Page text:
I long for the one-year-old toys that used to clutter my floor. They were chunky, brightly colored, covered in drool, and usually ended up all over the house, but they could easily be collected into a toy box at night. A quick walk through the room, and ta-da! the floor was clean.
I remember feeling a bit of annoyance along with pride as my kids started to crawl and then walk. As they became more adept at movement, the toys traveled with them farther and farther from the designated bins, corners, or rooms. Of course, that is nothing compared to now. At the ages of four and five, my children have so many toys with so many little pieces, it is nearly impossible to keep them contained or organized. Currently, these are the main culprits in my house:
LEGOS: I used to keep them high on a shelf, but then my son started climbing and dragging chairs around, so that became pointless. Now, I leave them where he can reach them, and they end up EVERYWHERE.
He likes to make tiny dinosaur body parts and then feels a need to display them like fossils in a museum. They rest on the kitchen counter, the bathroom sink, or my nightstand. There they must remain. As much as I try to make him clean up the stray pieces when he is done creating his masterpieces, there are always a few stragglers blending into the carpet of colorful, swirly flowers. And, they hurt. They really, really hurt when you step on them.
SHOPKINS: I don’t even want to write about this. I can’t believe they are even in my house. These are the most pointless, small toys ever, so of course my daughter is obsessed. It was cute when we had four of them. She kept track of her precious figures (Lipsy, Pamela Pancake, Cheese Louise, and Waffle Sue), and they mainly stayed in their little baskets. However, for her birthday, a whole new supply of Shopkins arrived, and they now have become part of the daily landscape of my house.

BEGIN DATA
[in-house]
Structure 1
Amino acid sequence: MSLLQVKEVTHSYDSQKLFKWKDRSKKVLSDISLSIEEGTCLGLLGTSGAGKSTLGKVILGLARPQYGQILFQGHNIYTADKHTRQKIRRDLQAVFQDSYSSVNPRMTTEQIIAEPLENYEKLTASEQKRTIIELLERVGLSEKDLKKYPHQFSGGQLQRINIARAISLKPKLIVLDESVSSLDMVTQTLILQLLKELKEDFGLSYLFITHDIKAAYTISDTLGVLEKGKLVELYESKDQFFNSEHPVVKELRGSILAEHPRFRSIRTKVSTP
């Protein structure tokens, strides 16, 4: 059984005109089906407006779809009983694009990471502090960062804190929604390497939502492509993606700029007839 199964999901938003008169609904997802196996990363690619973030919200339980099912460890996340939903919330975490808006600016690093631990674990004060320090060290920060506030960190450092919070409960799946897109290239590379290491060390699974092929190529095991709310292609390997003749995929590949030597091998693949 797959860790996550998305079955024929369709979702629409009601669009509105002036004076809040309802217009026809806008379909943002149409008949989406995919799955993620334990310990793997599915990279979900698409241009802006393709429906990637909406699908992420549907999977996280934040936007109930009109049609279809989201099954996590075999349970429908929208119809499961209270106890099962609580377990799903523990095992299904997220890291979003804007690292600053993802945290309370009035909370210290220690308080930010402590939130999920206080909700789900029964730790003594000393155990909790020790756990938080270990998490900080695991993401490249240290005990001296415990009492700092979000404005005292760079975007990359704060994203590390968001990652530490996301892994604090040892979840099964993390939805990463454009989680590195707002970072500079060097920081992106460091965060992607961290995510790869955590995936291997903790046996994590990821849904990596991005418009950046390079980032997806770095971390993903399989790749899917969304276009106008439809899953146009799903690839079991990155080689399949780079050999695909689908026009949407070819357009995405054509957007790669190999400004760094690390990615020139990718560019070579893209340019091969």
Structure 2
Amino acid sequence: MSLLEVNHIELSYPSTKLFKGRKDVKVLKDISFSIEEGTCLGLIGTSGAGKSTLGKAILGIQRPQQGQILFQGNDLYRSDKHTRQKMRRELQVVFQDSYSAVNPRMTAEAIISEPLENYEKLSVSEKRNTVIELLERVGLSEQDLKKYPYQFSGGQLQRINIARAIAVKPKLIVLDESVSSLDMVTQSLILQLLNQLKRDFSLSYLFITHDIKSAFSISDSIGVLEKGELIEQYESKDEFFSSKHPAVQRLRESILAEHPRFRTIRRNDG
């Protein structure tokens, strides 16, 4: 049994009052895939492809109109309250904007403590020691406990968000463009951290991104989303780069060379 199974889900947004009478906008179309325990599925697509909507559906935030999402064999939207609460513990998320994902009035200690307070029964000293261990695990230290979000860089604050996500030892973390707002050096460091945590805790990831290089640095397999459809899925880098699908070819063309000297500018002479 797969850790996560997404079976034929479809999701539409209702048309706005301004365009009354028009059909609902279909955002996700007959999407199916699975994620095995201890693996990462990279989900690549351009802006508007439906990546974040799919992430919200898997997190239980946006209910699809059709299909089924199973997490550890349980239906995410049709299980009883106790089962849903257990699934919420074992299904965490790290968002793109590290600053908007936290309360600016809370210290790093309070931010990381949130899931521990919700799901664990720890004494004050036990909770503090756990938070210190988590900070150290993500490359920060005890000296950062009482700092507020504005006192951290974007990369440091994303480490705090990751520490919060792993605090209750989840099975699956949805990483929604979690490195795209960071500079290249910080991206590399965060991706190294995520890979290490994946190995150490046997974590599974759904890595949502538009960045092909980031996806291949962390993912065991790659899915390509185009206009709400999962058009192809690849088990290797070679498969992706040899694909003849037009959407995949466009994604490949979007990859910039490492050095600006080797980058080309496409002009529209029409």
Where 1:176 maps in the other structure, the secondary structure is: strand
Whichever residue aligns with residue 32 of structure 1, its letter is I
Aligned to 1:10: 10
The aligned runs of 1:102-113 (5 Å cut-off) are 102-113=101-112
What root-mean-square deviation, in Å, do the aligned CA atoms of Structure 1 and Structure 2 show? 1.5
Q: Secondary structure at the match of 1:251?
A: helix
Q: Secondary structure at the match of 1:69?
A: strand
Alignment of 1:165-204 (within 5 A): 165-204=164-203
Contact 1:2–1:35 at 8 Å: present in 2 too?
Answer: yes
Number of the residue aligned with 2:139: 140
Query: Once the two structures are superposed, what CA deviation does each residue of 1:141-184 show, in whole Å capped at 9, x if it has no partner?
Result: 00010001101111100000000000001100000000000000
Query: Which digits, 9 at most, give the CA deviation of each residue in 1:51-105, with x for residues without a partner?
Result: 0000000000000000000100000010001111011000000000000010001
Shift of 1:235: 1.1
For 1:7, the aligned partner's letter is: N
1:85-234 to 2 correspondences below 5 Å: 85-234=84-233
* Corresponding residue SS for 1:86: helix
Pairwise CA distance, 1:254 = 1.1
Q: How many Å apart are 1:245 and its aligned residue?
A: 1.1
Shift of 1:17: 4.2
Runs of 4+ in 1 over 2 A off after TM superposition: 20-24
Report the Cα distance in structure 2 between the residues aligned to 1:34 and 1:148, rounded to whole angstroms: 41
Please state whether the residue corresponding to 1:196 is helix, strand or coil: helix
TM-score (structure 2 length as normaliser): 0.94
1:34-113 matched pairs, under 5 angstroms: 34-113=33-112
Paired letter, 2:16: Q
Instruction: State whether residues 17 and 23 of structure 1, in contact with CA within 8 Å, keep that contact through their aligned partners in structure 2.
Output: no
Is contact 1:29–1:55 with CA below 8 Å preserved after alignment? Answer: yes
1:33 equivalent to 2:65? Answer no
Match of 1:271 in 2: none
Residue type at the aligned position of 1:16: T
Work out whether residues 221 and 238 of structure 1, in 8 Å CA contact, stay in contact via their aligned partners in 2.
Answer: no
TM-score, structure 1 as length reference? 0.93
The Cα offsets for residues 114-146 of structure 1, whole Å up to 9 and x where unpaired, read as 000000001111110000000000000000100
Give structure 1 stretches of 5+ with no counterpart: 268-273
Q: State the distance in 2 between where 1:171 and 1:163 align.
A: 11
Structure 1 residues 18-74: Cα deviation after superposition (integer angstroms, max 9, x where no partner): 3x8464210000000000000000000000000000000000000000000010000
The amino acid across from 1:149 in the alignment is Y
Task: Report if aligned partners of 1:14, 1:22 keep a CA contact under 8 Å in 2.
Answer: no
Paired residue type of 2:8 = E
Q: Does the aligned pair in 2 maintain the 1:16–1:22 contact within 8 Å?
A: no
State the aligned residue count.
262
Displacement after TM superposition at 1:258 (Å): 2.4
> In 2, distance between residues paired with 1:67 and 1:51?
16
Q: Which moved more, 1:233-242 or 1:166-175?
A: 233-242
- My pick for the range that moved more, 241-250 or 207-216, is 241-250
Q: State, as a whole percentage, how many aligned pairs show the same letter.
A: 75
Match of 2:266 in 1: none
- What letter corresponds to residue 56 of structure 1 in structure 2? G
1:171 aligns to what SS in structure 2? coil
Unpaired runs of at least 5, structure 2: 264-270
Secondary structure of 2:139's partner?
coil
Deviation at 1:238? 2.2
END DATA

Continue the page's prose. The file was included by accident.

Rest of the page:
She is currently obsessed with YouTube clips that show people opening plastic eggs or blind bags filled with tiny, plastic toys. (If you don’t know what these are, simply search ‘egg surprise’ on YouTube and be amazed by the ridiculousness of it all!)
Shopkins are by far her favorite ones to open when she can talk me into buying her a blind bag, but some of her other favorites to watch are : My Little Pony, Paw Patrol, Palace Pets, and anything Disney. Watching these video clips, of course, creates wild, uncontrollable fits of temper in the aisles of Target when she demands that I purchase her these blind bags.
She has now learned to imitate these video clips to perfection. She spends her days tucking small toys into socks, envelopes, or leftover plastic Easter eggs. Then, she hides them around the house, so she can unwrap them, narrate what she is doing, and pretend to be surprised by what’s inside. I am equally amused and concerned when she does this.
DINOSAURS: My son is obsessed with dinosaurs and received a big bin of plastic dinosaurs for Christmas (Thanks, Dad!). These dinosaurs like to hang out in his sister’s dollhouse, between sofa cushions, on the kitchen counter, or on the bathroom floor. Their migratory patterns are far and wide. Occasionally, he will create certain formations (Carnivores to the right! Herbivores to the left!) that remain in crooked lines down the center of his room for days. I am impressed with his scientific reasoning, but do not enjoy stepping on the clubbed tail of an ankylosaurus every time I walk into his room.
He also likes to create “Dinosaur Stores” – a game in which he successfully messes up two rooms of the house at once. This game basically consists of him displaying every dinosaur toy or book he owns. He places them on each piece of furniture in the living room, and then spreads out a deck of playing cards throughout the dining room; the cards are meant to be used as money to purchase the dinosaur books and toys. I am not allowed to move anything in the dinosaur store all day until my husband comes home from work to “shop.”
PALACE PETS: The figures themselves aren’t that bad, but all of the accessories! Each little pet comes with little combs and brushes and crowns. How in the world does anyone keep track of these? I find them under tables, in my car, and in my bed.
I mentioned something about this to one of the grandmothers at pre-school drop off a few weeks ago. Her advice: “That’s when you need to vacuum.” She mimicked the motion of vacuuming and went on, “Oops! There go the accessories!” Yes to this. Grandmothers are so smart. I was all worried about trying to keep Princess Tianna’s cat Lilly happy with her miniscule hair brush and cucumber facemask. Not needed.
I try to fight it. I label bins, find bags, implement some sort of cleaning up rule. At first, we are good about making sure each small toy and piece is returned to the correct spot. But then one day, my daughter will feel a need to fill a purse with one shoe of each one of her dolls or my son will arrange fifty plastic army guys into a figure eight and that’s the end of that.
What other little toys bother you? What is your least favorite toy in your house?